Grammar is one of the main linguistic disciplines which studies the grammatical system of language. The grammatical system is the whole set of regularities determining the combinations of words in the formation of utterances.
The foundations of systemic language description were formulated at the turn of the 20th century in the works of many linguists, among them the Russian linguists I. A. Baudoin de Courtenay, A. A. Potebnya and others. The originator of the systemic approach in linguistics is considered to be a Swiss scholar Ferdinand de Saussure. He was the first to divide the phenomenon of language in general (in French: ‘language’) into two sides: an ‘executive’ side (‘parole’), concerned with the production, transmission, and reception of speech, and an underlying language system (‘langue’). This is one of the basic postulates of modern systemic linguistics: language in general comprises two aspects: the system of special lingual units, languageproper, and the use of the lingual units, speech proper.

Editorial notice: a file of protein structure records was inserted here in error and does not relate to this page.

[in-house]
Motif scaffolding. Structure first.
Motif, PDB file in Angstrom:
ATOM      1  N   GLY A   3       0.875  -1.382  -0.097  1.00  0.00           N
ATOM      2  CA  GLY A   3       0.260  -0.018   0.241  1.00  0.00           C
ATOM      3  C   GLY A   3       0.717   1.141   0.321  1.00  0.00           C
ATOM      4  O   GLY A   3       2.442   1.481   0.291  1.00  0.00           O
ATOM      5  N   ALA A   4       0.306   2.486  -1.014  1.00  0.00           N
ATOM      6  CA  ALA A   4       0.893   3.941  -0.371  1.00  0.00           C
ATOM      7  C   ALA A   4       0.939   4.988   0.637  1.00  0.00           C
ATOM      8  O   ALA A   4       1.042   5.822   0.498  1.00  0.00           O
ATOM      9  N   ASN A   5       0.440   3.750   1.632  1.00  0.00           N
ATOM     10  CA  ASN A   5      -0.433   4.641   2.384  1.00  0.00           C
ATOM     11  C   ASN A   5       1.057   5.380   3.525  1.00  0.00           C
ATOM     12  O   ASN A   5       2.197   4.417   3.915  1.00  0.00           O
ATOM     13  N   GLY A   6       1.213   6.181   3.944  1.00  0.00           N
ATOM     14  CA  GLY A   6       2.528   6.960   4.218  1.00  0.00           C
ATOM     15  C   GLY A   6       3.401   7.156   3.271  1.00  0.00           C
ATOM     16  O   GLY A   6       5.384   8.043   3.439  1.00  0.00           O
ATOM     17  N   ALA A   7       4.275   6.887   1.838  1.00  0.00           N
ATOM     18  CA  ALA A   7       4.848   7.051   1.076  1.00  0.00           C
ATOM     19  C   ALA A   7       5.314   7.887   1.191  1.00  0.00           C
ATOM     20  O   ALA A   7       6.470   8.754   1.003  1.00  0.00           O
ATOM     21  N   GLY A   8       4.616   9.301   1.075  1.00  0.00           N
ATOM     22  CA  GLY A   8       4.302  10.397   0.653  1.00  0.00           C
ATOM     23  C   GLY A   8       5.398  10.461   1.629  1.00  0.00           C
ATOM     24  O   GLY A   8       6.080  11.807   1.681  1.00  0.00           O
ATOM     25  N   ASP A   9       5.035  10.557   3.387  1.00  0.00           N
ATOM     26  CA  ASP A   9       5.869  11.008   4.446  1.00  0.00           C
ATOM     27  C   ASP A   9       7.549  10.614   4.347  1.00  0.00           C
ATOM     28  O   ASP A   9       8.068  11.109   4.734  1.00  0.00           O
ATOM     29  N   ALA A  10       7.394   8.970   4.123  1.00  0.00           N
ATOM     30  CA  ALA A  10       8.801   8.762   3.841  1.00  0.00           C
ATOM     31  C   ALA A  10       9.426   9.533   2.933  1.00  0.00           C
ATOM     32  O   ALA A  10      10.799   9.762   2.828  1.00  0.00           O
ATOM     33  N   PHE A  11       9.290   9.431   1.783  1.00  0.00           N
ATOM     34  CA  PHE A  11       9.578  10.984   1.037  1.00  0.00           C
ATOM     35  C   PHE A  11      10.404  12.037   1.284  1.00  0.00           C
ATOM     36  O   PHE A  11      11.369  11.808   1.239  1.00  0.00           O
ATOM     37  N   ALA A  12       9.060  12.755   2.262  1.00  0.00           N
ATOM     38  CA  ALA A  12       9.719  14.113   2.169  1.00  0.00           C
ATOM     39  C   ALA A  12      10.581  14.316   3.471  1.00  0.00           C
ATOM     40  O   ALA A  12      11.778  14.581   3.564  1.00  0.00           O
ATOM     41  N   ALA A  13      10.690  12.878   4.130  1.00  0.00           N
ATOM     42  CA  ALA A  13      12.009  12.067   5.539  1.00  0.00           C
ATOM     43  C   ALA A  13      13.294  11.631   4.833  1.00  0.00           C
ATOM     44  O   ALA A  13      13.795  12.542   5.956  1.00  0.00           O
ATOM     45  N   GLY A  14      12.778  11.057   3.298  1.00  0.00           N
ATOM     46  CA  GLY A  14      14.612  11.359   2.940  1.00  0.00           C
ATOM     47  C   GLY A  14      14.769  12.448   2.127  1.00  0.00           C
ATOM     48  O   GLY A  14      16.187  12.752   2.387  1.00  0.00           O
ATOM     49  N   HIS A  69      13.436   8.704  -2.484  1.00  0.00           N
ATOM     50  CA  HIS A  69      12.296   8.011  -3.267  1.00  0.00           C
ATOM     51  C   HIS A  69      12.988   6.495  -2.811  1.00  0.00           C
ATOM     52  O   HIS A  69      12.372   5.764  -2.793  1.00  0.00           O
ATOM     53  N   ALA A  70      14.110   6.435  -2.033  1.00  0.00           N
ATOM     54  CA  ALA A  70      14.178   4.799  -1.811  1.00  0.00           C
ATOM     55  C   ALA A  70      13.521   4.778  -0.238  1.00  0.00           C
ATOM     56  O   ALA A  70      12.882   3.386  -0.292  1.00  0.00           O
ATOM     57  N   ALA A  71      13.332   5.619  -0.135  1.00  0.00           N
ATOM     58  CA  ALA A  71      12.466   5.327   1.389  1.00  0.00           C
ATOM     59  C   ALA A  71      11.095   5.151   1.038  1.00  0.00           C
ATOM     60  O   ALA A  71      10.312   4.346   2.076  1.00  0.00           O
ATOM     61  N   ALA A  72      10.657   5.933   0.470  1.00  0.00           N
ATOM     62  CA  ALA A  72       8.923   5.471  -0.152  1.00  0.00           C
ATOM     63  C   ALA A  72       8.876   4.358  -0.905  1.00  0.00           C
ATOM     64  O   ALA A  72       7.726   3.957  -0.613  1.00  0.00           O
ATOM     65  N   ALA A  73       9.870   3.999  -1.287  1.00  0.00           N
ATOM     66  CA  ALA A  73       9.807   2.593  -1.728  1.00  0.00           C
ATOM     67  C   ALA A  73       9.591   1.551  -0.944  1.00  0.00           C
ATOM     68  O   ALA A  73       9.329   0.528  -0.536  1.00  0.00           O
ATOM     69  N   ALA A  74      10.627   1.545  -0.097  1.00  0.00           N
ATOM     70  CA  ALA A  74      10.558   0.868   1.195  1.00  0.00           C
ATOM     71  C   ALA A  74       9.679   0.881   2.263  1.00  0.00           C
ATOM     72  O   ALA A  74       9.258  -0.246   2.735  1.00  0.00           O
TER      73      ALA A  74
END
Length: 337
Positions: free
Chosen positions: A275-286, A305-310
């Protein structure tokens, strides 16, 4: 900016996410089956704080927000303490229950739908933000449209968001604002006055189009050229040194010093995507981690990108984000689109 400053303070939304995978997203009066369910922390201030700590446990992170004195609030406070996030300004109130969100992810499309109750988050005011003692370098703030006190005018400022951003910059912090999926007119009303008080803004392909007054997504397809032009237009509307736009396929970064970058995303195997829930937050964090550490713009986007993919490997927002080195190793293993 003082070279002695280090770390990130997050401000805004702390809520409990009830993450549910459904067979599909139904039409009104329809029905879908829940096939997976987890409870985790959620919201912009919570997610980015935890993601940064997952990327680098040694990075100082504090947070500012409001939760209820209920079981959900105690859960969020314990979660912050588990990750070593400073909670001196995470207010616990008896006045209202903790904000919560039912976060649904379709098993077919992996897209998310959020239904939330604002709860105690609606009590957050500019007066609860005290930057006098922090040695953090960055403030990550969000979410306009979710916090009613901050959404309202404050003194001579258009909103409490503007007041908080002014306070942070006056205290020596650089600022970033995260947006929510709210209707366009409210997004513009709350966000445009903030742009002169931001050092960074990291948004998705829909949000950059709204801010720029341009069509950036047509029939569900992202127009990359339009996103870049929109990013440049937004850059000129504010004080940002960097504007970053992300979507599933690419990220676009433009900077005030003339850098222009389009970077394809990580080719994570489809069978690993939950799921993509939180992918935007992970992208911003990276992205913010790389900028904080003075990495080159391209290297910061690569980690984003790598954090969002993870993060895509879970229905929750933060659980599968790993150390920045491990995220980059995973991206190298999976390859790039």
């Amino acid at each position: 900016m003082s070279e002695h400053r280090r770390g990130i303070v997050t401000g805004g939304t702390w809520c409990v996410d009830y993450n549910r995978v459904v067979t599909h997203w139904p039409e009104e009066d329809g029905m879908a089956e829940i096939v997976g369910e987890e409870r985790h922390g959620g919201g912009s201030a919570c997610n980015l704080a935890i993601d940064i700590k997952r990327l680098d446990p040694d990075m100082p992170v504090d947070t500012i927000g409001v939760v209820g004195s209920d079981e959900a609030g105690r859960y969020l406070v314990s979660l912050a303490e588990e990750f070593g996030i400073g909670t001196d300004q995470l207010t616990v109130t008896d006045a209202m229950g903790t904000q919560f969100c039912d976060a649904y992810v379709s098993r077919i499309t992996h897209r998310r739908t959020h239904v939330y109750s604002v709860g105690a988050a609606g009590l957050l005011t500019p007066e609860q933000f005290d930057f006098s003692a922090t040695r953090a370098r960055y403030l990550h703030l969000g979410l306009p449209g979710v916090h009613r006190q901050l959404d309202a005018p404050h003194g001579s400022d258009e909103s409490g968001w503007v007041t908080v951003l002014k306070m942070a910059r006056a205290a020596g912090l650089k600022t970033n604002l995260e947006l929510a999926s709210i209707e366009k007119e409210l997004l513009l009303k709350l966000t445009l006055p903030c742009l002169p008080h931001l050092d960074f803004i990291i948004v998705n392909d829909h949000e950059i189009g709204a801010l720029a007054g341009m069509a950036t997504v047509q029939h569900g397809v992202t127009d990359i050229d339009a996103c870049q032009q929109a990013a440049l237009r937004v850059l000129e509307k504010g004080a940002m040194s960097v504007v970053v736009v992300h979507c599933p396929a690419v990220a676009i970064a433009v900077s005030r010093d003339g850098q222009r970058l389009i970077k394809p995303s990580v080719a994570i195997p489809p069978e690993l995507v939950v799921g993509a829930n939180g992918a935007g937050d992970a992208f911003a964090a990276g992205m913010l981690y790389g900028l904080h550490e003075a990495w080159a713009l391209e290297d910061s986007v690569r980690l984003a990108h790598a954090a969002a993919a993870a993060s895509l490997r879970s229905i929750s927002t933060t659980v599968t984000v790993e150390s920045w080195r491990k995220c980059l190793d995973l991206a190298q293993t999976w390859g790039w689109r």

The units of language are of two types: segmental and supra-segmental. Segmental lingual units consist of phonemes, which are the smallest material segments of the language; segmental units form different strings of phonemes (morphemes, words, sentences, etc.). Supra-segmental lingual units do not exist by themselves, their forms are realized together with the forms of segmental units; nevertheless, they render meanings of various kinds, including grammatical meanings; they are: intonation contours, accents, pauses, patterns of word-order, etc. Cf., the change of word-order and intonation pattern in the following examples: He is at home (statement). – Is he at home? (question). Supra-segmental lingual units form the secondary line of speech, accompanying its primary phonemic line.
Segmental lingual units form a hierarchy of levels. The term ‘hierarchy’ denotes a structure in which the units of any higher level